Environmental Psychology (Psychology 361)

ENVIRONMENTAL PSYCHOLOGY (PSYCH 361)Marymount Manhattan College, Spring 2009 & Spring 2010

This course is designed to offer participants an introduction to the history and scope of Environmental Psychology. Notable classical and contemporary environmental research is reviewed from a “New York School” perspective — a perspective that takes a multi-disciplinary approach to Environmental Psychology by incorporating elements of psychology, anthropology, sociology, human geography, urban planing, architecture, and computer science.

Themed Reading Modules

  • Foundations of Environmental Psychology
  • Perception, Experience, and the Environment
  • Place Identity and Environmental Consciousness
  • Public Space and Public Culture
  • The Urban Life Space
  • The Informational Life Space
  • Children, Youth, and the Environment
  • Producing Nature and Naturalizing Production
  • Freedom and Control in Environmental Design
  • Environmental Psychology: Past, Present, and Future

Course Structure
Participants are encouraged, through class discussions and assigned projects, to situate the theories and practices of Environmental Psychology within current events and personal experiences. Each project is developed in stages through a course blog where participants receive feedback from myself as well as their classmates. Projects designed for this course include:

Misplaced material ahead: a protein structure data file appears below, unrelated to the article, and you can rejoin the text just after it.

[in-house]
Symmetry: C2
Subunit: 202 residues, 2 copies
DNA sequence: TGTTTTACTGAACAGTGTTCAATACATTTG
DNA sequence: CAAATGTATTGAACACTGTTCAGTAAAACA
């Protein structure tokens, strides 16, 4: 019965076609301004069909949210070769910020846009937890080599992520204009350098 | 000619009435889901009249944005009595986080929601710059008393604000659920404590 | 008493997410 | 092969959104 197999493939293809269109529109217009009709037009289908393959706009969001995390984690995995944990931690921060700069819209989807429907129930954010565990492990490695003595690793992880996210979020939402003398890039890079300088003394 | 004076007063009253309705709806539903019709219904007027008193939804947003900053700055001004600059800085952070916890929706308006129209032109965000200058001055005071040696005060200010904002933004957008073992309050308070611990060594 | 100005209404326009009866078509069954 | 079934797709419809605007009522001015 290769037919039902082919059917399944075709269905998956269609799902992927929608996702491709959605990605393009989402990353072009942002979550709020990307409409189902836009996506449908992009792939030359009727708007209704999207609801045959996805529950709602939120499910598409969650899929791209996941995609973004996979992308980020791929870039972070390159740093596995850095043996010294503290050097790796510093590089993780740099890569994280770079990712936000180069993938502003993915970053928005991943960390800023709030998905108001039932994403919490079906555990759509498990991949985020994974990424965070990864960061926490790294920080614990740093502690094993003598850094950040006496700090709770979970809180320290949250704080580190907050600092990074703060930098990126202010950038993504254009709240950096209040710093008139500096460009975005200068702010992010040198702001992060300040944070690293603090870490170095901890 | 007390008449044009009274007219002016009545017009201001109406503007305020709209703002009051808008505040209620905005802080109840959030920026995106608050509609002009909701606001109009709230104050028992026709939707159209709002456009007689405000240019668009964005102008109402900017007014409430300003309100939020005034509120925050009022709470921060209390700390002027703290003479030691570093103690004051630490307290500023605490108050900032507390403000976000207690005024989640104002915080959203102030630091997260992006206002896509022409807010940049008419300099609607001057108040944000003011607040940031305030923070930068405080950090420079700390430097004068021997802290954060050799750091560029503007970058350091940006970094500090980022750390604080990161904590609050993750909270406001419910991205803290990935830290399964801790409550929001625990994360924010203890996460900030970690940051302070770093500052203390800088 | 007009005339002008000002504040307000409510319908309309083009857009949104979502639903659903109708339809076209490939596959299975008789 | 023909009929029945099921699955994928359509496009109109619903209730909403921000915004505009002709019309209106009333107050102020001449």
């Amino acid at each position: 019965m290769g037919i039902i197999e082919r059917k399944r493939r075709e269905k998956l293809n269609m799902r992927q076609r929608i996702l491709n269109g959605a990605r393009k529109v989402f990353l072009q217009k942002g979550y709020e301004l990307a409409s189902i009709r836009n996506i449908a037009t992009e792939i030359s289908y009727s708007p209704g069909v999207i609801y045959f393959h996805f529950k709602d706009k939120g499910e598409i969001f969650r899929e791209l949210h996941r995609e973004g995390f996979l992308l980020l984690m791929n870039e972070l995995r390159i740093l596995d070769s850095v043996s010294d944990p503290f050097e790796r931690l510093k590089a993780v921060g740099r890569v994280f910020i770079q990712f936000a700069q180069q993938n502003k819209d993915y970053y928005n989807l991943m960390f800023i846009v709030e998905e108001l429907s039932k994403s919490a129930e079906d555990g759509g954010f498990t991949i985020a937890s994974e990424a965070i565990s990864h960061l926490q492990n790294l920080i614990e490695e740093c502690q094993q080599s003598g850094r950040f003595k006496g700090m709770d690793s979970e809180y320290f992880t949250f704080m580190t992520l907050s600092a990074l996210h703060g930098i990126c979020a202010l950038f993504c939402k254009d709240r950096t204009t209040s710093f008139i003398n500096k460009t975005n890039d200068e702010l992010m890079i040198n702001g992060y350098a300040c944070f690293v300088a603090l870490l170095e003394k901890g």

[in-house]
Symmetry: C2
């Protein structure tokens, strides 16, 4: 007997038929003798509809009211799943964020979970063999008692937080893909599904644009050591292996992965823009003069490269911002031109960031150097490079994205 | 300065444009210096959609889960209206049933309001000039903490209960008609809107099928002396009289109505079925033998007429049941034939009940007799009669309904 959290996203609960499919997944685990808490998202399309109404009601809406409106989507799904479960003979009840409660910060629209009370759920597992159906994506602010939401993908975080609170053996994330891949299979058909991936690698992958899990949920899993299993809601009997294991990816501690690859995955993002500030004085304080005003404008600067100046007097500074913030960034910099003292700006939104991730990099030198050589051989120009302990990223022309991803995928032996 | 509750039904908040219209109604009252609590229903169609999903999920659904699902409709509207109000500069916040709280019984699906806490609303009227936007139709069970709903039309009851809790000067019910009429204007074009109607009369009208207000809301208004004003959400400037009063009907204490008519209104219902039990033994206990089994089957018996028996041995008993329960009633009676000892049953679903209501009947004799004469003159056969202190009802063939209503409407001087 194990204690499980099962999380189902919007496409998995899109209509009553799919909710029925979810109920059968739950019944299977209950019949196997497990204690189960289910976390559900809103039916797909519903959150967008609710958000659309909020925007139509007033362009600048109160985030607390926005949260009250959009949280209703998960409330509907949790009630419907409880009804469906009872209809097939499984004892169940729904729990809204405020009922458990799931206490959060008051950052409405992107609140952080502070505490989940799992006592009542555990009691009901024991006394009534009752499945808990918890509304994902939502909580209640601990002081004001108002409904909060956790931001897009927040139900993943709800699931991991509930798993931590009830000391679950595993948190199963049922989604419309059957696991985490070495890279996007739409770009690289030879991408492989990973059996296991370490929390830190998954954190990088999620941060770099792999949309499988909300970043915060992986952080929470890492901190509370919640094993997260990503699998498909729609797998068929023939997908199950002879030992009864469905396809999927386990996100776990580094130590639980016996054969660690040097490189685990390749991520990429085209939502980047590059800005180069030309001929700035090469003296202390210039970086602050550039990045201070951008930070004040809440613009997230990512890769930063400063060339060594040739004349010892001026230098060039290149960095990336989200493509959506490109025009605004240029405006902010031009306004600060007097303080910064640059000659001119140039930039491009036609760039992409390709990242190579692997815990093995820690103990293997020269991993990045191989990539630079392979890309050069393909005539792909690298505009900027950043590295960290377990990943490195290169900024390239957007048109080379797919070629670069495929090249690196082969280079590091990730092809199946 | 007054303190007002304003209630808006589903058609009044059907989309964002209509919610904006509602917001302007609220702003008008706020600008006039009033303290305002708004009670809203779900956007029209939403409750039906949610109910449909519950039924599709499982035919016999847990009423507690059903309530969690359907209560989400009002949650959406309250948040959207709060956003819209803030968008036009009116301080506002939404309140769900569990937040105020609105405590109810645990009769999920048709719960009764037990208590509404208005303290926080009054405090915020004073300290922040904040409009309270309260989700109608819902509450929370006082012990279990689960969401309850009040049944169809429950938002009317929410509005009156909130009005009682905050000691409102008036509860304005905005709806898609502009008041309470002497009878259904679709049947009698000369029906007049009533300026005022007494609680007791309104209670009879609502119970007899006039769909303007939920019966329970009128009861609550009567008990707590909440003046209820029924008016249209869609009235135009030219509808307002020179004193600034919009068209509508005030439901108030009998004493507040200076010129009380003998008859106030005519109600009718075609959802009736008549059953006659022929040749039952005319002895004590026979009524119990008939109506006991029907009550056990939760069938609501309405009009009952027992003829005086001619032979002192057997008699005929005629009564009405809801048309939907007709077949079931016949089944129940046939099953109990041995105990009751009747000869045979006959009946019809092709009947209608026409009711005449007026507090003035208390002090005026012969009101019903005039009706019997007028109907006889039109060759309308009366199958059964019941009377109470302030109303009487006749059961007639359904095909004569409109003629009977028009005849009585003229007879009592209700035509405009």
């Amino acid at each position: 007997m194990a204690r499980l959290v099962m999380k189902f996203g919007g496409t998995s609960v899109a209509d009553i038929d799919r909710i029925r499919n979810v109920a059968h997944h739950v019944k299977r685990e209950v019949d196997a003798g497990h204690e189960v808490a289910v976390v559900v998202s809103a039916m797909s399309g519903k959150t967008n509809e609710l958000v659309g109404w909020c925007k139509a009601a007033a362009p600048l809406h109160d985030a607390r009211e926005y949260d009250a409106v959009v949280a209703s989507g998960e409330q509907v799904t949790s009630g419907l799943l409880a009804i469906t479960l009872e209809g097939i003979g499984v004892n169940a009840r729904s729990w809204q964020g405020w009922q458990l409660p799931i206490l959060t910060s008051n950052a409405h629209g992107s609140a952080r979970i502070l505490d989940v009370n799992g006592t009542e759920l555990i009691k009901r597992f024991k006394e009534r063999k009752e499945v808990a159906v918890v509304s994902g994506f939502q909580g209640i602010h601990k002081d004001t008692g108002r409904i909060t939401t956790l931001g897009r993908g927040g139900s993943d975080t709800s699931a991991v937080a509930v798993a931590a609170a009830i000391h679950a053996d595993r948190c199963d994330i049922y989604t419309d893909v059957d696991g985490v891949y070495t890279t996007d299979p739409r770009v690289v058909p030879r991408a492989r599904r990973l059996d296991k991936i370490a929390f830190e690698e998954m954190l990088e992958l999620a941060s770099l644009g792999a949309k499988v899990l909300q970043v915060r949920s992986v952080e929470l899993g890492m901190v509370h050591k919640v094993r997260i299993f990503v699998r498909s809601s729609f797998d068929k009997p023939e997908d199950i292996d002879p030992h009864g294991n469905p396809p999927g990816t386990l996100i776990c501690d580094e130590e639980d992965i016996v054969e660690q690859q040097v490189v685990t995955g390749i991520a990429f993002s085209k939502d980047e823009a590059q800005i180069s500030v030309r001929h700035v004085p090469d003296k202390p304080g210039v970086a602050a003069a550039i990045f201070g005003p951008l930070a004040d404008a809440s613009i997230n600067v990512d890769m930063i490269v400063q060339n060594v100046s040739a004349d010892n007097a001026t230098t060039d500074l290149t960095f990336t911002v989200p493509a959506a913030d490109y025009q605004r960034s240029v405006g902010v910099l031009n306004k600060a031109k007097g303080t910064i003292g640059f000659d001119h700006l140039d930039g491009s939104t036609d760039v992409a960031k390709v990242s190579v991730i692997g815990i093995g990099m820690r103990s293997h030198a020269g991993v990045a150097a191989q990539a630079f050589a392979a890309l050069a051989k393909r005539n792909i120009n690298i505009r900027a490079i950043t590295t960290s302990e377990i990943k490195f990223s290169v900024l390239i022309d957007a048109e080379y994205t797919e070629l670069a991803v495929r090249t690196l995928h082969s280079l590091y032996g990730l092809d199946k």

• Reading Reviews that take a low-stakes writing approach;
  • an Environmental Autobiography multi-media presentation that situate the concepts of place identity and environmental consciousness within personal experiences;
  • an Individual Research Project that focuses on a specific place-based problem or question and explores that problem from a psycho-social perspective;
  • and a group Wikipedia Project where the class, as a whole, conducts collaborative research to improve the “Environmental Psychology” Wikipedia entry.